The people of Appalachia and Middle America feel excluded from the conversation about their destiny. A feeling of hopelessness persists. Regions that once hosted bustling steel mills, auto plants and coal mines now house desolation and shuttered main streets.
Families cannot stay together because the young people must leave to find work. This only adds to the pain — because family counts in Middle America.
The piecemeal approach to tackling the persistent problems of Middle America in the past five decades is a study in failure. Misery and desperation have come to define communities with poverty, high unemployment and crumbling infrastructure. The poverty rate in Appalachia, for example, hovers around 17% but is much higher in dozens of counties.
A comprehensive plan and massive investment in Appalachia and Middle America would offer hope. The effort deserves dedicated leadership at the Cabinet level. The Marshall Plan turned around a devastated Europe after World War II — it can be done.
Where could funding be found for such a program?
Washington spends billions on other countries every year in foreign aid programs. The United States sent $32 billion overseas in 2019. Appalachia got $177 million from the Appalachian Regional Commission. That is only one example. If the political will existed, if Washington cared, something could be done.
More than 50 years ago, President Lyndon Johnson declared the War on Poverty. That war, placed in the hands of so-called experts and government bureaucrats, failed to help the 420 counties constituting Appalachia.
We know what does not work. Despite the good intentions behind the Appalachian Regional Commission, it has provided no real solutions. A prime example of the policy of benign neglect can be found in an ARC press release Feb. 12 touting $3.3 million in "investments." People in Appalachia know those crumbs amount to nothing. Washington doesn't get the magnitude of the problem.
Importantly, developing a plan must include input by the people of Middle America. Things have been left to the experts long enough. The Network organization, a Catholic lobbying group focused on social justice issues, hosted rural roundtables through 2019 and the beginning of this year. At the roundtables in 16 states — in places like Oil City, Pennsylvania, and Tiffin, Ohio — residents voiced a feeling of being neglected and misunderstood, their concerns dismissed by outsiders and by the public officials elected to represent them.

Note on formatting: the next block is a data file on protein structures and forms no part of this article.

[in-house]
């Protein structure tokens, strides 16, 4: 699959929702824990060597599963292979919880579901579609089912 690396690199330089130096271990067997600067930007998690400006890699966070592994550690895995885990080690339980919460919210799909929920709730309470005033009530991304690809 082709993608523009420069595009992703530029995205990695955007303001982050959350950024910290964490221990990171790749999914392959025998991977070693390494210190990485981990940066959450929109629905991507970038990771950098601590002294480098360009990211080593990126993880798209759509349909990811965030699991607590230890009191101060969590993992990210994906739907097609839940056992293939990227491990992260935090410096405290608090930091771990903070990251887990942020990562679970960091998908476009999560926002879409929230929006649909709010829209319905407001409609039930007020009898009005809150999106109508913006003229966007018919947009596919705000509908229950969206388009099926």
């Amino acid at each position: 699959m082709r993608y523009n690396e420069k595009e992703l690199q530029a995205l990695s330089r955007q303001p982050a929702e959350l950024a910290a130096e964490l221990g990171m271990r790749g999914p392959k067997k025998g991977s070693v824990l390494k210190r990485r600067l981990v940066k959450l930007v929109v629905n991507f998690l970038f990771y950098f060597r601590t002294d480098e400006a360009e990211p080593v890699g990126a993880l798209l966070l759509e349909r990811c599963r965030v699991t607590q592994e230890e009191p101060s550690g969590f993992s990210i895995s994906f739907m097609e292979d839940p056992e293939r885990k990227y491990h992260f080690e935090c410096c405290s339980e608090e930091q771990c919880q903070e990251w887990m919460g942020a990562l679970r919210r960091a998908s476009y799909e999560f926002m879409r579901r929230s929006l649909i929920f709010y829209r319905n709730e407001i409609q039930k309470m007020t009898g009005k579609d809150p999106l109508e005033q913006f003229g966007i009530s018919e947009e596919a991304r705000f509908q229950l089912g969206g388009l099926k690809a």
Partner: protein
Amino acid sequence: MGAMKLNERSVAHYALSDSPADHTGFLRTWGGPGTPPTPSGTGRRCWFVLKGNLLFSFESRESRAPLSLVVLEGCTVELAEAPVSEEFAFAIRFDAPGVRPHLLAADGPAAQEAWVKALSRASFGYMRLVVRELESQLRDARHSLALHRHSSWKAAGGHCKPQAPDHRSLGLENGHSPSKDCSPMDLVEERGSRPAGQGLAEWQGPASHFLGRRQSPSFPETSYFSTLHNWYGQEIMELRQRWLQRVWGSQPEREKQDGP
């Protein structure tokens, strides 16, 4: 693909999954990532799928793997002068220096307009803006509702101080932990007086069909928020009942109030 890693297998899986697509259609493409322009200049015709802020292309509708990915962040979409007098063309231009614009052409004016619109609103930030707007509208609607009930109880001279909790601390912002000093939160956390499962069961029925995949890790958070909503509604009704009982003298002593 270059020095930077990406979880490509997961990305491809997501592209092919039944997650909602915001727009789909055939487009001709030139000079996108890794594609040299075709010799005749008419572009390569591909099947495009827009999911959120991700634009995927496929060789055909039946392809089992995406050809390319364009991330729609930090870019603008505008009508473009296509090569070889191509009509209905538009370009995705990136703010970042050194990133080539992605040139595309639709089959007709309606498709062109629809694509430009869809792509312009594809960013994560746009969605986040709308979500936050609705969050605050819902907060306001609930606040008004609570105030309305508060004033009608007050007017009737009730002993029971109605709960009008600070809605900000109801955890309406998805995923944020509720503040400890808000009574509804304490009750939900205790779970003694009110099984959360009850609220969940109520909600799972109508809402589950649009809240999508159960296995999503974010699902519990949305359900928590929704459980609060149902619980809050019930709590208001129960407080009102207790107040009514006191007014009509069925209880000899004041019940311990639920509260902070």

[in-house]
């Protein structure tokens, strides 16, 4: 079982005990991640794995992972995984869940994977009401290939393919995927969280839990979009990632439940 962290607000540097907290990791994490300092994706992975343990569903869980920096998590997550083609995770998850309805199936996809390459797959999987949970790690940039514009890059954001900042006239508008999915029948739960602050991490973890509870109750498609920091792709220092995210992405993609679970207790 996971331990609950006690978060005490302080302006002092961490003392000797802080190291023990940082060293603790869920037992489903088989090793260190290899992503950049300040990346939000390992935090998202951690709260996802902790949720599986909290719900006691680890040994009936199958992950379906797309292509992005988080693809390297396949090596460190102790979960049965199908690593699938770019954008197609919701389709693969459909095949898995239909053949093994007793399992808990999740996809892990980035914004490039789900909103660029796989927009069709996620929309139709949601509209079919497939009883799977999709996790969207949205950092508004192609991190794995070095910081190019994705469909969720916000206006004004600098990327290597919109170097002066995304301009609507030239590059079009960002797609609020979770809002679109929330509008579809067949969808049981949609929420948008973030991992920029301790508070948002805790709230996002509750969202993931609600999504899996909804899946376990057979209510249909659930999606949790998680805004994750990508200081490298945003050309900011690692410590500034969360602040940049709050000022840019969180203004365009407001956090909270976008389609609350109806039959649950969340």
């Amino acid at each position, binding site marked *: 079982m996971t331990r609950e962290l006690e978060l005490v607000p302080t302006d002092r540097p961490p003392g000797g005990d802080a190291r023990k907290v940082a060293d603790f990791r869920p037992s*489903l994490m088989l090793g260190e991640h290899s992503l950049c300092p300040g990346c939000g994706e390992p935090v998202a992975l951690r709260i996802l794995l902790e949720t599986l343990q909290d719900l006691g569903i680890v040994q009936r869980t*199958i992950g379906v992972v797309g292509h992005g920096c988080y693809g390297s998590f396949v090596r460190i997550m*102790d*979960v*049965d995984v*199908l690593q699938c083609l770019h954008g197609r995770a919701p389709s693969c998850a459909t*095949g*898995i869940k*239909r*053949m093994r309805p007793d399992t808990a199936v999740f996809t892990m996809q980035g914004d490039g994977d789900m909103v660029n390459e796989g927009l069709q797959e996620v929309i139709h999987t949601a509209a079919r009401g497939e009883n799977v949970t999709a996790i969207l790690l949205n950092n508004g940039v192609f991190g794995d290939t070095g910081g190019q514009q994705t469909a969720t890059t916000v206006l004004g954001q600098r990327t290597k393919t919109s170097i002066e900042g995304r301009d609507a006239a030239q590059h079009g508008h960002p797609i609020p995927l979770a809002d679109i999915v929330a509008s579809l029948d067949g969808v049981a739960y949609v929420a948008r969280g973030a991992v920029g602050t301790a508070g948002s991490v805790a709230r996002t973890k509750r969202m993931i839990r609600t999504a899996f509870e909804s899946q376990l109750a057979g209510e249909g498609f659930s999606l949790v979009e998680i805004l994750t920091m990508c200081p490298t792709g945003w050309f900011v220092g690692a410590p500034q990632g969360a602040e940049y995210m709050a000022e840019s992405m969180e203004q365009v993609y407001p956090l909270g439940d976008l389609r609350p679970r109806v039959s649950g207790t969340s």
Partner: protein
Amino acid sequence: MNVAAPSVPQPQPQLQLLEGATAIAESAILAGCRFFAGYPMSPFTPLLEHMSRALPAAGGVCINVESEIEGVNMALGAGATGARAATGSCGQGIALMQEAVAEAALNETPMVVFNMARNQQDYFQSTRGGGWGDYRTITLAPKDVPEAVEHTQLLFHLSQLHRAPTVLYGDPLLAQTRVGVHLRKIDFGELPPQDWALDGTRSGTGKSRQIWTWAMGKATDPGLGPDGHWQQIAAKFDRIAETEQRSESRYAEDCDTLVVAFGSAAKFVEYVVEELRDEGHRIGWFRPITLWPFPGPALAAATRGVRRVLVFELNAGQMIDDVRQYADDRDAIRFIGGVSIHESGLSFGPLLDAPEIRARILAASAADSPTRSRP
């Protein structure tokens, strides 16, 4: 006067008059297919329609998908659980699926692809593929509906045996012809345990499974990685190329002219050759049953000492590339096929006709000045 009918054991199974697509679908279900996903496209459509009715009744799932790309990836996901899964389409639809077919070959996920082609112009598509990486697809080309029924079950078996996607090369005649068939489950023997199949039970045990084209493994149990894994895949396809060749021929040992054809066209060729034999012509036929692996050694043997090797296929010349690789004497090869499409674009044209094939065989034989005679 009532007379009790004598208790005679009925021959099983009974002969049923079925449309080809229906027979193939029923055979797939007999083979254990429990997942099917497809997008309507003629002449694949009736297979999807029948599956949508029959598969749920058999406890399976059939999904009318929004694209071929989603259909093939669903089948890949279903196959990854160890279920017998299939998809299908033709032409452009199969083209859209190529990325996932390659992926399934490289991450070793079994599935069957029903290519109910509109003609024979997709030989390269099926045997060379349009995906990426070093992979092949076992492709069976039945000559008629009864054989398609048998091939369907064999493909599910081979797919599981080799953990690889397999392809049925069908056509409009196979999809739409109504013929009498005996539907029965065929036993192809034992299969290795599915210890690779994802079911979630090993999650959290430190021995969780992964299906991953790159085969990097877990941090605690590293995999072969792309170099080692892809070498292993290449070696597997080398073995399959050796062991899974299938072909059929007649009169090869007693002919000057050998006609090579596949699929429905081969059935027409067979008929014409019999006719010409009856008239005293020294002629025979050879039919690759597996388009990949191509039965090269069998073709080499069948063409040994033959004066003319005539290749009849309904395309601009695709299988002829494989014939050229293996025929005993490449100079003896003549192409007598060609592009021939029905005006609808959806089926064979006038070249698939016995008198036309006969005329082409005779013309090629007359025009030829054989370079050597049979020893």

Participants said solutions to their problems needed to be rural and community solutions.
Solutions to keep hospitals and clinics open in rural areas. Solutions encouraging entrepreneurs to move into distressed communities and support for residents who own and operate their own businesses. Solutions that bring better-paying jobs, not big-box retailers paying minimum wage, so that families can stay together.
Shrinking tax bases are starving basic services in Appalachia and Middle America — services like police, firefighting and schools. An infusion of federal money could save the foundations of rural communities.
For the Washington Beltway establishment, the decades-old answer is the same — throw them a few million for infrastructure projects every year via the ARC. It's not enough.
It is time for real investment in Appalachia and Middle America to begin. What's needed is a comprehensive plan, utilizing every department of government, to rebuild infrastructure, retrain workers, keep essential services functioning and encourage redevelopment of the economy.
A targeted investment of federal dollars, and a dedicated leadership implementing a well-thought out plan, could revive hope in Appalachia and Middle America.
(c)2020 Pittsburgh Post-Gazette